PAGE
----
Literary Backgrounds

(required for major)

Note: ENGL2100 Backgrounds to English and American Literature has been replaced by ENGL 1700 Global Literatures to 1500.

ENGL1700: Global Literatures to 1500
Blessington
CRN: 16733
Sequence A (11:45-1:25 MR)

Fulfills the Arts/Humanities Level 1 requirement in the NU Core

Readings in Greek, Roman, and biblical literature and beyond: Homer, Virgil, Old and New testament, and Dante’s Inferno. The works all writers read. Emphasis upon background to Western culture and imagination: myth, literary genres and conventions, philosophy, and religion.

 

Literary Periods

(five courses: three pre-nineteenth-century; one nineteenth-century; 0ne twentieth-century)

Pre-Nineteenth Century

ENGL1600: Introduction to Shakespeare
Boeckeler
CRN: 15388
Sequence F (1:35-3:15PM TF)

Fulfills the Arts/Humanities Level 1 requirement in the NU Core.

An introduction to Shakespeare’s major plays in every genre, this course emphasizes questions of language and modes of reading as entryways into key themes and topics (e.g., gender, identity, kin/g/ship, desire) within the Bard’s corpus. An initial in-depth study of a single play will provide a foundational knowledge of rhetorical strategies, considerations of performance, thematic development, and historical context that will then shimmer throughout discussions of the other plays. Assignments reinforce reading strategies and offer opportunities to practice elements of Shakespearean rhetoric in your own writing.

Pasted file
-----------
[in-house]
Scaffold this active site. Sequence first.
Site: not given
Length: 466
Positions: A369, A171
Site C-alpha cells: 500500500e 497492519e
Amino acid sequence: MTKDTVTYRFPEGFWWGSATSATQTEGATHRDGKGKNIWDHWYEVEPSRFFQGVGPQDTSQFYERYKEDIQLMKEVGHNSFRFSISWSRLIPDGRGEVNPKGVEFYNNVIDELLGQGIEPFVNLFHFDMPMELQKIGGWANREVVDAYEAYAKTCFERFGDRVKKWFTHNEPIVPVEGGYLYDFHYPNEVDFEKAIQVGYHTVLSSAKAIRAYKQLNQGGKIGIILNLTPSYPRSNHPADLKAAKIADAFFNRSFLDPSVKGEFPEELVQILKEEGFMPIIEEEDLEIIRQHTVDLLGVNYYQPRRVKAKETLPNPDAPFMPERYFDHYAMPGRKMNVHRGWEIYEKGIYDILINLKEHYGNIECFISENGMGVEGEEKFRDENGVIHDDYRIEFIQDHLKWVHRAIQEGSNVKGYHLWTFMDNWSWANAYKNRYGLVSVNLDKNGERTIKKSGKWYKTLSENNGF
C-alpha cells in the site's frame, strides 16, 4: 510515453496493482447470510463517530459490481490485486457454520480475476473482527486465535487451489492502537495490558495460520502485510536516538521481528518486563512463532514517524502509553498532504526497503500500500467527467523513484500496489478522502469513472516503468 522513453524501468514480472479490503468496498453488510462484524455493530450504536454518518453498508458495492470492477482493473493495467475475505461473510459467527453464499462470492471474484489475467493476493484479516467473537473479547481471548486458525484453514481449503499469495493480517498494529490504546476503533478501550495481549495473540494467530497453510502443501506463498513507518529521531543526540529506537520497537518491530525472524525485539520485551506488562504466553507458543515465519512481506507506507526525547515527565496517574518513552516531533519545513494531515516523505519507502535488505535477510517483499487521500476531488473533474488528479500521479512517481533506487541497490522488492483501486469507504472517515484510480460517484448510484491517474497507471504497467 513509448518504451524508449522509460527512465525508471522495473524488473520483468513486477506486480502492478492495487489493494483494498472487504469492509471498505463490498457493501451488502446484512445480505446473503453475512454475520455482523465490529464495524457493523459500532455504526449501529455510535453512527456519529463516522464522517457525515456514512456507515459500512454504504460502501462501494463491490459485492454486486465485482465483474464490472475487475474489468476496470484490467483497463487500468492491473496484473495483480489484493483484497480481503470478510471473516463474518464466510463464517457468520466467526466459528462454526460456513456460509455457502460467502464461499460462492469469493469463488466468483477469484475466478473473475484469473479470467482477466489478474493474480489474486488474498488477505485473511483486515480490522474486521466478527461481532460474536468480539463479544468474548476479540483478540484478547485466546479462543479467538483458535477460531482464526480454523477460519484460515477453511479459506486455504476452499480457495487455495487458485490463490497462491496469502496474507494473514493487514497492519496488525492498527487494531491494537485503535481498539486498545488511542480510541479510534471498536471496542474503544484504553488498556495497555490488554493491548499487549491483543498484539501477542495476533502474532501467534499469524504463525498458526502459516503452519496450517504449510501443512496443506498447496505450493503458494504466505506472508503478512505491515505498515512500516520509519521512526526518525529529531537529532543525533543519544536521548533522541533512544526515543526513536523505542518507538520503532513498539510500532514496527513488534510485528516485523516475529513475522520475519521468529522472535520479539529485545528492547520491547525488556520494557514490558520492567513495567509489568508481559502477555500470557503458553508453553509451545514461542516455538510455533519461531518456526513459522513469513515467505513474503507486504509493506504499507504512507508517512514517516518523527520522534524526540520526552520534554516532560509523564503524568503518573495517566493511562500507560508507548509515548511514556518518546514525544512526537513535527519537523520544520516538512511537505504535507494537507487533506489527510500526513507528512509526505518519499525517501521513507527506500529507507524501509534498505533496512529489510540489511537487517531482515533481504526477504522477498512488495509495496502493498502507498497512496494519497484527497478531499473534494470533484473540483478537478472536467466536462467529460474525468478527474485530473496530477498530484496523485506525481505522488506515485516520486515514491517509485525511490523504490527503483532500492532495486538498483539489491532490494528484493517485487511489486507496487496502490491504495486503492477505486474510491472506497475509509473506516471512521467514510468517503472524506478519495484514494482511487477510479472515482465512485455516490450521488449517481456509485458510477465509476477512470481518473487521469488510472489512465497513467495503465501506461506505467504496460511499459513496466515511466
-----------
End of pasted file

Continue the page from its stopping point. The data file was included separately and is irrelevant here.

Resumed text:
ENGL3150: Topics in Early Literature: Sex, Gender and the Renaissance Body

Leslie
CRN: 16740
Sequence: A (11:45-1:25 MWR)

This class focuses on the variety of ways early modern culture understood and portrayed gender and sexuality.  We will examine the Renaissance body as it is represented (mapped, anatomized, regulated, and allegorized) in literature, medicine, philosophy, politics, and the visual arts of the 16th and 17th century.  Among our areas of investigation will be courtly love, same-sex desire, reproduction, and cross-dressing, as well as the history of intimacy, the emotions, and subjectivity.  Readings will include Rabelais, Gargantua and Pantagruel, Shakespeare’s Sonnets, Christopher Marlowe, Hero and Leander and Edward II, Elizabeth Cary’s Tragedy of Miriam, and Margaret Cavendish, The Convent of Pleasure.  Assignments: an archival project and presentation, short writing assignments, and a final research project.